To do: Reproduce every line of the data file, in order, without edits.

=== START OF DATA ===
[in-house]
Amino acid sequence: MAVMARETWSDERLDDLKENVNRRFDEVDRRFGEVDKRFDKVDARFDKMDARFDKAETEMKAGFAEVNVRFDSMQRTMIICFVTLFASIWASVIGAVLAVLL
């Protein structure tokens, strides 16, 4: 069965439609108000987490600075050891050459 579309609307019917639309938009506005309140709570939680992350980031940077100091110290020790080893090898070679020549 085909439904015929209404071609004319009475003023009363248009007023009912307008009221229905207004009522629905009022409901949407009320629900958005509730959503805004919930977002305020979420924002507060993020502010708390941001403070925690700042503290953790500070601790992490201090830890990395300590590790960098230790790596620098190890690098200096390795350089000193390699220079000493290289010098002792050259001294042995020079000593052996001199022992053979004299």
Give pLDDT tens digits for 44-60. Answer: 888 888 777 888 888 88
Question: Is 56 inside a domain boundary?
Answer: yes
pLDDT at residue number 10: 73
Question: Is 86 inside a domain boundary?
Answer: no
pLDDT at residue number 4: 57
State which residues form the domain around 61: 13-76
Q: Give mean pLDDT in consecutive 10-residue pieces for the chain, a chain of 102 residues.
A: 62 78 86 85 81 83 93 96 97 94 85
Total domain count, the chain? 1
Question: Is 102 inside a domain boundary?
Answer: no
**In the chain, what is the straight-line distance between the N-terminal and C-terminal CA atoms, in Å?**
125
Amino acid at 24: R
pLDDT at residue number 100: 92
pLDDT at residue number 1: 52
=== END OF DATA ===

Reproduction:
[in-house]
Amino acid sequence: MAVMARETWSDERLDDLKENVNRRFDEVDRRFGEVDKRFDKVDARFDKMDARFDKAETEMKAGFAEVNVRFDSMQRTMIICFVTLFASIWASVIGAVLAVLL
């Protein structure tokens, strides 16, 4: 069965439609108000987490600075050891050459 579309609307019917639309938009506005309140709570939680992350980031940077100091110290020790080893090898070679020549 085909439904015929209404071609004319009475003023009363248009007023009912307008009221229905207004009522629905009022409901949407009320629900958005509730959503805004919930977002305020979420924002507060993020502010708390941001403070925690700042503290953790500070601790992490201090830890990395300590590790960098230790790596620098190890690098200096390795350089000193390699220079000493290289010098002792050259001294042995020079000593052996001199022992053979004299």
Give pLDDT tens digits for 44-60. Answer: 888 888 777 888 888 88
Question: Is 56 inside a domain boundary?
Answer: yes
pLDDT at residue number 10: 73
Question: Is 86 inside a domain boundary?
Answer: no
pLDDT at residue number 4: 57
State which residues form the domain around 61: 13-76
Q: Give mean pLDDT in consecutive 10-residue pieces for the chain, a chain of 102 residues.
A: 62 78 86 85 81 83 93 96 97 94 85
Total domain count, the chain? 1
Question: Is 102 inside a domain boundary?
Answer: no
**In the chain, what is the straight-line distance between the N-terminal and C-terminal CA atoms, in Å?**
125
Amino acid at 24: R
pLDDT at residue number 100: 92
pLDDT at residue number 1: 52